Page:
Years ago, I remember seeing a book on courage and teaching. I didn’t think much of it at the time. However, as I reflect back on my teaching experiences, I can see how this book might be an encouragement.
The first time I walked into the classroom, there was a mix of emotions. This is it! I am a teacher. I am going to give a presentation that will not only wow my students but will instantaneously make them knowledgeable. Apart from the hours of preparation and the naive expectations, I might have succeeded if it were not for the simple fact that a class of students and a culture of passive learning need to be engaged.
There are some tough groups of students to reach and teach. I say reach because students require a connection on some level. Without that, “teaching” may only get you so far. Anyways back to the point at hand, I had not realized early in my career what a mob mentality a class of people could have. The more work I put in and demand from students, the more little mistakes seemed to magnify distress. One seemingly contradictory point or confusion on the part of a class and the wolves will smell blood. This is an intimidating environment. We’re imperfect people. We’ll make a mistake or two in our careers.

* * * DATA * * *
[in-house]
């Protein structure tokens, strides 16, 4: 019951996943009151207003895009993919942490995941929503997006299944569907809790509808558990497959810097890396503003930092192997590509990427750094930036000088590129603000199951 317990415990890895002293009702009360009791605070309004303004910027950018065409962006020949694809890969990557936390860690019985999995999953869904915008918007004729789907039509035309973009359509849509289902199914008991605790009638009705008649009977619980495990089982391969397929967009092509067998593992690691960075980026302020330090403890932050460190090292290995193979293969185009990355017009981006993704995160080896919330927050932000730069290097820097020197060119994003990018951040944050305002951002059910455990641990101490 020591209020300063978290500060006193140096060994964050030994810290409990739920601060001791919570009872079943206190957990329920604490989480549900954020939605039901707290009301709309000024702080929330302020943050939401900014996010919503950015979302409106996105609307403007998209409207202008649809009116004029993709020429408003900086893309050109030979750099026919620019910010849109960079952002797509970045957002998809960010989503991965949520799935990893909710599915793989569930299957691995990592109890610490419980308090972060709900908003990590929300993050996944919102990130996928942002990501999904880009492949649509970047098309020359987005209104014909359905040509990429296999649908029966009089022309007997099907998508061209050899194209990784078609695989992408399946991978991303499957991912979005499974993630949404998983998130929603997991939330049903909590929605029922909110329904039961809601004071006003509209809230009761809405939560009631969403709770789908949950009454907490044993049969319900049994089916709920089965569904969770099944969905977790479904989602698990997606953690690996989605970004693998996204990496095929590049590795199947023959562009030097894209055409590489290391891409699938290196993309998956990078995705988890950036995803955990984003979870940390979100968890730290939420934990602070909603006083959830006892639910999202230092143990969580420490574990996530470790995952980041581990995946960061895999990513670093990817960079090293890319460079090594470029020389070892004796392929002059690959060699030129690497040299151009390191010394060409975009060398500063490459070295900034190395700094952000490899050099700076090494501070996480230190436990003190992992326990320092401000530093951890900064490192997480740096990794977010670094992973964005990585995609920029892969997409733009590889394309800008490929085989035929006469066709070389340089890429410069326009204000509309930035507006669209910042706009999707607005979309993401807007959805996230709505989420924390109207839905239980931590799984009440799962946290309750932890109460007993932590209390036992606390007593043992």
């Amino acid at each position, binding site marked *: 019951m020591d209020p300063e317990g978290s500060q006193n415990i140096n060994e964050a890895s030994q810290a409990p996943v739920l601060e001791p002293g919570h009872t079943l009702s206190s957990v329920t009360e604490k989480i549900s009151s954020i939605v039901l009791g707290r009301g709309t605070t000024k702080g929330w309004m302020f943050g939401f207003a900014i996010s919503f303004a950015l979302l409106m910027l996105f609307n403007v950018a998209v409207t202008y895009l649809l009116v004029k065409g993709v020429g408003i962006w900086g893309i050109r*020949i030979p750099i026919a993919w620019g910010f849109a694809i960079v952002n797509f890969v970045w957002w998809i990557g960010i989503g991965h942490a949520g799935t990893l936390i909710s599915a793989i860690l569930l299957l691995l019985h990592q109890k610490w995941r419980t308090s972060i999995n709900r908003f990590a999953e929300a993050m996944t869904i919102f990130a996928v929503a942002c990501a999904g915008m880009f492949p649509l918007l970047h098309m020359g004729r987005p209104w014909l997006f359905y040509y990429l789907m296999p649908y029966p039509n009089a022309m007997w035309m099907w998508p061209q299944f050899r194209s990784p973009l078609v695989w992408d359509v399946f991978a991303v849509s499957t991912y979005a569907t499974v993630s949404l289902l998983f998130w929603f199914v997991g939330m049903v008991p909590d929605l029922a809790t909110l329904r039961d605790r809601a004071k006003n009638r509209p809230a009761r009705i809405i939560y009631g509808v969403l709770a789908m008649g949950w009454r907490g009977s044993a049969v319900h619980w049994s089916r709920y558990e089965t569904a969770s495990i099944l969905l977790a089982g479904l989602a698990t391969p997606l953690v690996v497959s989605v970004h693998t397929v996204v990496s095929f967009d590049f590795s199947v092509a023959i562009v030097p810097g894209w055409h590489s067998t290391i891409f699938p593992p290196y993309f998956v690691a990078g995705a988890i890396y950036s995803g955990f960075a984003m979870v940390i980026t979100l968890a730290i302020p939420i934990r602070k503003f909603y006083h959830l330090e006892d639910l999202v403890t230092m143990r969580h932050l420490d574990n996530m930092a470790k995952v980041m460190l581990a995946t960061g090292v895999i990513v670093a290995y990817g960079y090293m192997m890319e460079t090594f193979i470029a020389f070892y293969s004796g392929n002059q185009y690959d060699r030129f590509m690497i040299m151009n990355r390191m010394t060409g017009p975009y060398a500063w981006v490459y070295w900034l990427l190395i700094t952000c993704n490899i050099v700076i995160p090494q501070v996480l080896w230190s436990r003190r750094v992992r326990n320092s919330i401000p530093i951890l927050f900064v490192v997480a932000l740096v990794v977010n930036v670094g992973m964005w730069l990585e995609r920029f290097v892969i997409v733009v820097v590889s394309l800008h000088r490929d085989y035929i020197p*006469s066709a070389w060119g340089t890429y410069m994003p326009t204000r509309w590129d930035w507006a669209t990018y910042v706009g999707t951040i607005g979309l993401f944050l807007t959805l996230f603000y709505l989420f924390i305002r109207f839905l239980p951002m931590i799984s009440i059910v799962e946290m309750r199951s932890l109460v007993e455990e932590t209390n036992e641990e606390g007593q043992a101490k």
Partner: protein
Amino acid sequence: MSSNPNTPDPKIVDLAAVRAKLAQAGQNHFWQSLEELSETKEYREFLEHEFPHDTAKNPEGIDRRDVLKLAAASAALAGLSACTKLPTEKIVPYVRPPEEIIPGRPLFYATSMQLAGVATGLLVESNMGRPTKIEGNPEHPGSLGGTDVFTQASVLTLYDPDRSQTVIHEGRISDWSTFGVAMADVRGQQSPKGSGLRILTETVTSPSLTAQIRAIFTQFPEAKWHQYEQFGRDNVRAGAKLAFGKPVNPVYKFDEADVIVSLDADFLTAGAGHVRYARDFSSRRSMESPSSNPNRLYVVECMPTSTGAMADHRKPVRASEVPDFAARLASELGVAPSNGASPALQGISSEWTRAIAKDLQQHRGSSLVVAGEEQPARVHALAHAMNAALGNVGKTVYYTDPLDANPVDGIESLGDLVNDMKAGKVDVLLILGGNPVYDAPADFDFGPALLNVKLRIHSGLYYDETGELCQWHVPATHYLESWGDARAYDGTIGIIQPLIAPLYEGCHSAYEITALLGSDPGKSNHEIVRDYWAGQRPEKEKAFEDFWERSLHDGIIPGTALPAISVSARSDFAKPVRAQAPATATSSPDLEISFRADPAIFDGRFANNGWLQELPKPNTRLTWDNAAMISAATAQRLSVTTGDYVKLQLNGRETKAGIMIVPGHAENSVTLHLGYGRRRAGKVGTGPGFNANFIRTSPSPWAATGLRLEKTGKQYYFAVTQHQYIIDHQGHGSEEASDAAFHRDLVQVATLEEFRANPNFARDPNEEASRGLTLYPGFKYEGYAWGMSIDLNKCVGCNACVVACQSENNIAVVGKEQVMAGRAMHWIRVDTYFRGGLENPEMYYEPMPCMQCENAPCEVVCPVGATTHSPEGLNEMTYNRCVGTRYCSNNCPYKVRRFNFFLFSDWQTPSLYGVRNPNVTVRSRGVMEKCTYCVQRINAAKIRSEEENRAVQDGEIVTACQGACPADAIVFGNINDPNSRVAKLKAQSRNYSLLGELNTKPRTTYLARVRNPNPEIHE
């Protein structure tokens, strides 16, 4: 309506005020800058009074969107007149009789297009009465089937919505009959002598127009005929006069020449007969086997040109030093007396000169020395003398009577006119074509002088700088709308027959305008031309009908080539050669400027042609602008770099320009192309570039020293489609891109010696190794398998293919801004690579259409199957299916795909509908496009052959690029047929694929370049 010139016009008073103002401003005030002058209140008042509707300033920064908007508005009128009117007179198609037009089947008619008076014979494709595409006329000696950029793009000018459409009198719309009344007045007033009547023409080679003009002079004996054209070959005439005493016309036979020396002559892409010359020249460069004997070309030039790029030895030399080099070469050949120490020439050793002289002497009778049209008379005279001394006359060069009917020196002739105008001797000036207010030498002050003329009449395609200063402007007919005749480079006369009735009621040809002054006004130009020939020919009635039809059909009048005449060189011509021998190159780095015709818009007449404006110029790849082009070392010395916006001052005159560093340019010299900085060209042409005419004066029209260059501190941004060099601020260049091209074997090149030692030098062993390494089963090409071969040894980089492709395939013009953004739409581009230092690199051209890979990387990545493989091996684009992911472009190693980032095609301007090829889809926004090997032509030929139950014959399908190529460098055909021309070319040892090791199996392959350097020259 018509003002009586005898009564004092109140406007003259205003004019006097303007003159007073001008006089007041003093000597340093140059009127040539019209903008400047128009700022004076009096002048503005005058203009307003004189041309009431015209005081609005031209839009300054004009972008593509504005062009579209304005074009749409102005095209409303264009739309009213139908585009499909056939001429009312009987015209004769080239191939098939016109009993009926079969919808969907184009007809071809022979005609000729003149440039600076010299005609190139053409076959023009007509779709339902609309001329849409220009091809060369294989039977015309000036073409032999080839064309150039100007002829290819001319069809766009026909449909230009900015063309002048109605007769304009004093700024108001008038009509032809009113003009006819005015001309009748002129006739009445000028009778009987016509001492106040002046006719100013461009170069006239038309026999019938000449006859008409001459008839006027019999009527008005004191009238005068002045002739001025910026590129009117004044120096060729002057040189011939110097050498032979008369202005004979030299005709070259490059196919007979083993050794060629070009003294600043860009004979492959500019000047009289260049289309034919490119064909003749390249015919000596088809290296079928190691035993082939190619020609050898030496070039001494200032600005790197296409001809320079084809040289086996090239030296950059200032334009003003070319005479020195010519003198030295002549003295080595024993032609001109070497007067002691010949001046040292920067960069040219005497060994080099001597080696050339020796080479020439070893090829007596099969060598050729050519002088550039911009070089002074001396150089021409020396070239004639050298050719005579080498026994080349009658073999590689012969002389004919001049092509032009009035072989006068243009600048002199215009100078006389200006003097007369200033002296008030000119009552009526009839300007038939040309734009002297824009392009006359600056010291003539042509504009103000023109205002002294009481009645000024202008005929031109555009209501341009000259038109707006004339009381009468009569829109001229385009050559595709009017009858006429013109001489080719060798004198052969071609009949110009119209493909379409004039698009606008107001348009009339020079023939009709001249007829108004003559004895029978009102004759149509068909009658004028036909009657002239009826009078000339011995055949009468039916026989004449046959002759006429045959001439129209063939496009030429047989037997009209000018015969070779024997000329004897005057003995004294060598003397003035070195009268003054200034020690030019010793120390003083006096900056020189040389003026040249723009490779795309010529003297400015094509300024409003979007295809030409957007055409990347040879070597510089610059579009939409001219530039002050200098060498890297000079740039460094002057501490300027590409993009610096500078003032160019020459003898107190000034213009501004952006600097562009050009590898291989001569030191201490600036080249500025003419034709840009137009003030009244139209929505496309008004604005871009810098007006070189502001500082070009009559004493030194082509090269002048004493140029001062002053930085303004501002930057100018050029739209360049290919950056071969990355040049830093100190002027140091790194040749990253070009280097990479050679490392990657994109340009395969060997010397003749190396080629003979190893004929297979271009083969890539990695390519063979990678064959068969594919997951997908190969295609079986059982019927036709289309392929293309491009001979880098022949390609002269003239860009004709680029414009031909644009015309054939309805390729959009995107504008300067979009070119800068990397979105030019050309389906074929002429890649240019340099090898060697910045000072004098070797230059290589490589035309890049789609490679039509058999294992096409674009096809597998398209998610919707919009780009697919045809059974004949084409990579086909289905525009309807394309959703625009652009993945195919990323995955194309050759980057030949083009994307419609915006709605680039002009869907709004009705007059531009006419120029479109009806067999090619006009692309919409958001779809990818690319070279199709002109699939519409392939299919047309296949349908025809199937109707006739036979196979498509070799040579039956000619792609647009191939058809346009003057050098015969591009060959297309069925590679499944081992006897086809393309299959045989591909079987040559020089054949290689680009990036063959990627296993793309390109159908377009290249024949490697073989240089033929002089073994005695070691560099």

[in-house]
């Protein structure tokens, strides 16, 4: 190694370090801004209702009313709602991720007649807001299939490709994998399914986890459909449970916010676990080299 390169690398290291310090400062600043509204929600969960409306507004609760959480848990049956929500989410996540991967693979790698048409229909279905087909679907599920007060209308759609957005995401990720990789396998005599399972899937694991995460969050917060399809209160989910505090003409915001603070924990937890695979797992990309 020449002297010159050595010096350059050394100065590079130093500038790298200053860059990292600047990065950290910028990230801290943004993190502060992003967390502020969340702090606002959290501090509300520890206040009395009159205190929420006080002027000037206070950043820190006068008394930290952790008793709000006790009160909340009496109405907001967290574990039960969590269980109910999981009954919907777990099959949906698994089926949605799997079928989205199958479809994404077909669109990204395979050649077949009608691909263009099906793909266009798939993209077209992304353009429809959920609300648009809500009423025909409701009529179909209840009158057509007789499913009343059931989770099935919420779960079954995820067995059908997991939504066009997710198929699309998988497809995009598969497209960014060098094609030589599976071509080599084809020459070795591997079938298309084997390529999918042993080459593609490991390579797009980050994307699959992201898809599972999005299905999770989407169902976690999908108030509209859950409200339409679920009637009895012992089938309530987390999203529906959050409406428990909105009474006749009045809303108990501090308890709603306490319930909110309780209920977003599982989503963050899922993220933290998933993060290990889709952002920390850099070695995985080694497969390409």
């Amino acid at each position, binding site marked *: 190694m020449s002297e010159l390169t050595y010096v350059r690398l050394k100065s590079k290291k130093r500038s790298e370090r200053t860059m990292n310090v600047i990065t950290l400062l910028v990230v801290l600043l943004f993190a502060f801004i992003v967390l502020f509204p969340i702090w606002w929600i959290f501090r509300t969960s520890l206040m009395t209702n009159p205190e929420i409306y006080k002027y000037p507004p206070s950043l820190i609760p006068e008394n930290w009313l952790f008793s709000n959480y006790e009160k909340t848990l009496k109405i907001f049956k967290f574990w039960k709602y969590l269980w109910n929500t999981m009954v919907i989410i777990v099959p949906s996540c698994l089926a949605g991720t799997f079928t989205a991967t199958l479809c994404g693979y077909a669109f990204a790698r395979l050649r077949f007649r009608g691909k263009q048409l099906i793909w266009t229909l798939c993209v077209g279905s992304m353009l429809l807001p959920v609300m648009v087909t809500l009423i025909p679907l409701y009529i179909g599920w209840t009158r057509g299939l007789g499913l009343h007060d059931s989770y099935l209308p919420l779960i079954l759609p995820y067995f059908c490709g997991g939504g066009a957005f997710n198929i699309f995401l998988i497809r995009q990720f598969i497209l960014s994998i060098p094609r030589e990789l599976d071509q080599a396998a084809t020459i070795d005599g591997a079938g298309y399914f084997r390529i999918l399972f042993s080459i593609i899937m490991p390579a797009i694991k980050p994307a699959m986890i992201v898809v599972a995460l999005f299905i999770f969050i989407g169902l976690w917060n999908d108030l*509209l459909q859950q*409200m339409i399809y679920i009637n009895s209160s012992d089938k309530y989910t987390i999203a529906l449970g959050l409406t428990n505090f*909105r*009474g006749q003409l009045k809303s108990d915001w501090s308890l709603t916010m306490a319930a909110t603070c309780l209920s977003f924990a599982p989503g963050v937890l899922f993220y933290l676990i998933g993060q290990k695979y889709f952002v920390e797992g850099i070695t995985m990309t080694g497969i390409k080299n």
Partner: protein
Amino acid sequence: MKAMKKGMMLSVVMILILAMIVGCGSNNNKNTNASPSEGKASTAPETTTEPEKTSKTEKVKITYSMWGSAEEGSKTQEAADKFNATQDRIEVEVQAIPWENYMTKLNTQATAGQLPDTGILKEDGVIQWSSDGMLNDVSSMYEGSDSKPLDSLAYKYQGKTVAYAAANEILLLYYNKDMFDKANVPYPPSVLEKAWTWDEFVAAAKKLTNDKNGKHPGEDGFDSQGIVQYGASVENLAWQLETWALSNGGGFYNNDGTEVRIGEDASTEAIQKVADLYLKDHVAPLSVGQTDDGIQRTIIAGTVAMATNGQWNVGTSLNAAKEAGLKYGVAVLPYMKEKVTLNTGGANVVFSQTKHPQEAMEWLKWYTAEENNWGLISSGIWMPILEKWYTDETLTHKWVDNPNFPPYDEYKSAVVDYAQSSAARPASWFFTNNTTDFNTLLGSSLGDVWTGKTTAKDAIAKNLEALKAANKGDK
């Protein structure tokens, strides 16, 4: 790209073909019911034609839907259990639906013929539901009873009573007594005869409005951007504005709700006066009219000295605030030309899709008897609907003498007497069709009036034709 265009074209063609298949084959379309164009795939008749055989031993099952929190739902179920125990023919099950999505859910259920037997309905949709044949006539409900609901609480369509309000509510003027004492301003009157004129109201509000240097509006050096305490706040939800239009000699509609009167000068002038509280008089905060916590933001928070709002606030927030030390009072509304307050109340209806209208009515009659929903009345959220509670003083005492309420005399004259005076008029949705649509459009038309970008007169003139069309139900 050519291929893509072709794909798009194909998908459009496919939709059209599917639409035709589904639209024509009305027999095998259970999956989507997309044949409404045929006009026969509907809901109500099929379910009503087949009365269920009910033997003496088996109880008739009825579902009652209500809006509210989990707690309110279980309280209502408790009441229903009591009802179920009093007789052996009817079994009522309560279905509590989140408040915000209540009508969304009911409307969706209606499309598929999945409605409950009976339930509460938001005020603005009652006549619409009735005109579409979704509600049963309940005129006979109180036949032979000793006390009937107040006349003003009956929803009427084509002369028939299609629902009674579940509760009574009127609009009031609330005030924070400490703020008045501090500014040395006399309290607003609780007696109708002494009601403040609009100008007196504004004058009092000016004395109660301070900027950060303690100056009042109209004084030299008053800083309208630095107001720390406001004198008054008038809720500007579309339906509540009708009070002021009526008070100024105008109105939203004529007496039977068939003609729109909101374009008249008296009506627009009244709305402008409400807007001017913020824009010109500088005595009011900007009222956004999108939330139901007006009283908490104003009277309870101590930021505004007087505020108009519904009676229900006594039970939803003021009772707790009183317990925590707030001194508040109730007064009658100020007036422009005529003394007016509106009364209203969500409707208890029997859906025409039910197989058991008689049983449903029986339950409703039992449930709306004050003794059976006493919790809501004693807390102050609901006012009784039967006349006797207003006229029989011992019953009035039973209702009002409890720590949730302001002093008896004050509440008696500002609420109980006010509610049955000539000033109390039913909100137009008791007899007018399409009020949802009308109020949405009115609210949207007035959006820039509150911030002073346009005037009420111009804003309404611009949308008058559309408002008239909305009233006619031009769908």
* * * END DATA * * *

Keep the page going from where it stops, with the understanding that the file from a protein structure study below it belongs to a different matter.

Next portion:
Here’s a few things that I have kept in mind to try to mitigate the feeding frenzy.
– Prepare but don’t over prepare: This allows space for students to wow you with their questions and challenge you to learn also.
– Have a catch phrase in your tool box, eg. “I don’t know the answer to that question. I will look into it and provide a response at a later time.”
– Set a proper attitude: one of my residency mentors said it this way “Don’t let perfect be the enemy of good.” Sometimes, we can be our own worst enemy.
– Be patient: Communication with one individual is complex enough. Multiple those challenges by the number of students you have in the classroom.
– Keep the conversation going until you have clarity: Most curricula are so jam packed that dialog is not possible. Our culture does not value margin. But, if we don’t ask questions of the students, how are we to know if we are truly being effective? We all know the metrics and measures that are used have significant limitations.
More could and probably will be said on this in future posts. But, as you engage your classes, take courage.
– the ability to do something that you know is difficult or dangerous (Courage. (n.d.). Merriam-Webster.com. Retrieved October 11, 2013, from http://www.merriam-webster.com/dictionary/courage)
– I learned that courage was not the absence of fear, but the triumph over it. The brave man is not he who does not feel afraid, but he who conquers that fear. Nelson Mandela (http://www.brainyquote.com)
– Courage is not the absence of fear. Courage assumes fear…Courage is the willingness to strap on your fear and move ahead. Andy Stanley The Next Generation Leader